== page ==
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A magical IOT platform scientist turns bees into drones

a research team is trying to install a wireless sensor platform into the back of bees, so as to turn them into drones

source: Technology Walker December 18, 2018

key words:

a research team is trying to install a wireless sensor platform into the back of a bee, so as to turn it into a drone

with its excellent ability to hover in the air and overlook the ground, UAV is being welcomed by more and more audiences. However, due to the limitations of existing battery technology, such devices can only fly for 30 minutes after being fully charged

now, a research team at the University of Washington has found a way to make bumblebees act like small drones. The team has developed a device platform for sensing, computing and wireless communication. Its small size can even be carried on the back of insects

Shyam gollakota, a computer scientist at the University of Washington and head of the research project, said that we hope to use these best aircraft in nature. Insects can eat autonomously, and we don't need to keep charging the battery. In addition, the energy storage efficiency of fat and sugar is much higher than that of batteries

scientists tested three kinds of bumblebees and found that healthy worker bees can successfully complete flight and circling movements, and can carry about 105 mg of objects. Knowing this, the researchers developed an electronic platform weighing only 102 mg and measuring only 6.1 mm x 6.4 mm. It includes a rechargeable lithium-ion battery weighing 70 mg, with a endurance of up to 7 hours; In addition, it also includes a microcontroller, antenna and sensor, which can analyze the temperature, humidity and light intensity every four seconds. Later, the research team glued these platforms to the back of bees. Gollakota explained that all the electronic products we use are ready-made components without oil flowing out of the return pipe of the oil delivery valve

in order to save power as much as possible, many traditional radio components are eliminated in this design scheme. Instead, it communicates by modifying the scattered radio signal, and the bee will transmit wireless data at a rate of about 1000 bits per second after returning to the hive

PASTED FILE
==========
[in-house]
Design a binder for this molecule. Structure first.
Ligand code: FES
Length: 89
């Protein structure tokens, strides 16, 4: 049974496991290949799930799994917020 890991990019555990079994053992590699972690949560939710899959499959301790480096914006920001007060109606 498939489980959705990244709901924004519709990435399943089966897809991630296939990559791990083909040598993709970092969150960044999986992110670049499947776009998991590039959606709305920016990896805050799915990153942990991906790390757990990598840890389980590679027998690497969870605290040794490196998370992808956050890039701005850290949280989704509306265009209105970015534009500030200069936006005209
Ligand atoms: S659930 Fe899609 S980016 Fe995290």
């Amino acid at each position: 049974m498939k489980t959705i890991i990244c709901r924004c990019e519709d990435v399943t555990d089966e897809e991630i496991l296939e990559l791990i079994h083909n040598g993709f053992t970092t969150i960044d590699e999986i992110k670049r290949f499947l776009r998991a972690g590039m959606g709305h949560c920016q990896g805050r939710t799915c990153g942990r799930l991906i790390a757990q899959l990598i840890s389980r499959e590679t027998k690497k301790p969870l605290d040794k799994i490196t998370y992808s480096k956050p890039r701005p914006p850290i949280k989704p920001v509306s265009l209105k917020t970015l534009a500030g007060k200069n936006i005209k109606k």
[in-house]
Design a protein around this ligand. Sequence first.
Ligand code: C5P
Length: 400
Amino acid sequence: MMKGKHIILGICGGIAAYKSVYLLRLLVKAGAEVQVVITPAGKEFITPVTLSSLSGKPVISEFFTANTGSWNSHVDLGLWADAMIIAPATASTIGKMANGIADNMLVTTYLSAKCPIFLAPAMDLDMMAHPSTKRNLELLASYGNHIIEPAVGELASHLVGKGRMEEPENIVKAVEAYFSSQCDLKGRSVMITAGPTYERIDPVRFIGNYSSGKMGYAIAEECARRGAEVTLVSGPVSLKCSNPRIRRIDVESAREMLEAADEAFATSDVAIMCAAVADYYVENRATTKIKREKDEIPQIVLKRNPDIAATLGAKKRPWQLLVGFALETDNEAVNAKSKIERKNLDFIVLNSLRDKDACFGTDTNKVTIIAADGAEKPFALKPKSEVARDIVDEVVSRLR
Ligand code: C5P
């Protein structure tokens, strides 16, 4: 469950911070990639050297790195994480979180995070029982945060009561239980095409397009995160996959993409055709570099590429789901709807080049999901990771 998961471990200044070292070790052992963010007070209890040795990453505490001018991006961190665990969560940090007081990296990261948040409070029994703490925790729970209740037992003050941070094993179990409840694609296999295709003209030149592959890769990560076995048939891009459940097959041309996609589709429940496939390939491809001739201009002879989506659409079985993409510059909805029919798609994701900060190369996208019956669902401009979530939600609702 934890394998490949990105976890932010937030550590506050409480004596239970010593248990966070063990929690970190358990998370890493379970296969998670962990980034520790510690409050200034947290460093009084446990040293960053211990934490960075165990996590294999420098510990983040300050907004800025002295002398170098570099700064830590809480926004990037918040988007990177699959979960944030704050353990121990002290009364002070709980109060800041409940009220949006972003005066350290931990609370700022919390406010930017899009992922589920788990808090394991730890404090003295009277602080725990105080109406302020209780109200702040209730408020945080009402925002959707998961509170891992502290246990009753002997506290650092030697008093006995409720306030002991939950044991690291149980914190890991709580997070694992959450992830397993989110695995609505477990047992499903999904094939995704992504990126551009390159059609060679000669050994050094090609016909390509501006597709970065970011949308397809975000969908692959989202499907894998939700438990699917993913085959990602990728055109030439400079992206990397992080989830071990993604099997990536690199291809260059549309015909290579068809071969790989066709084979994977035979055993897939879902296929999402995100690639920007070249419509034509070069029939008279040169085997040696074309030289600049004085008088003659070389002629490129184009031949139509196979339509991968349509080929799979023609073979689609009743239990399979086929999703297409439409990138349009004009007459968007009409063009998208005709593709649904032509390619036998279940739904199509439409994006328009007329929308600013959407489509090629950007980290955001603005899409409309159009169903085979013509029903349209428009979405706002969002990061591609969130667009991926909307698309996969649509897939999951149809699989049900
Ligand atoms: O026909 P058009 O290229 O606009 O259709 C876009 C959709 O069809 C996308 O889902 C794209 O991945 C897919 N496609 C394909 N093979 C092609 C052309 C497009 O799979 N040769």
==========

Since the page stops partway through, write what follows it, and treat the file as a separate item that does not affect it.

researchers point out that they are currently unable to control the trajectory of bees. However, they can still determine the location of insects. Their design does not use GPS equipment with huge power consumption, but relies on the deployment of special radio transmitters around the expected flight area of bees. As long as the bees stay within 80 meters of these beacons, the transmitter can be used as a beacon to track the location of the bees. Gollakota said that we can create maps based on the data collected by bee sensors

scientists also mentioned that they can charge the battery at the honeycomb wirelessly within 6 hours. They also mentioned that solar cells may eventually be used to replace existing conventional batteries

researchers mentioned that the potential application of this so-called fresh IOT platform may include measuring the health level of plants in the intelligent agricultural system. For example, humidity sensors help, XPS is 650 yuan per cubic meter to achieve precise irrigation, and temperature sensors can detect whether biological conditions are suitable for specific crops. Gollakota pointed out that drones can't really fly between plants, but bees can move in any place where the precision of information is higher than that of drones

if the damage is serious, the spring should be replaced. In addition, the sensor carried by the bee is also expected to reveal more biological characteristics of this magical species. Vikram Iyer, a computer engineer and electrical engineer at the University of Washington, pointed out that this may give people an in-depth understanding of the real reason for the collapse of the bee colony

looking forward to the future, gollakota believes that researchers may equip bees with cameras or sensors that can detect electrical signals in the brain of bees to explore how we can control their actions one day

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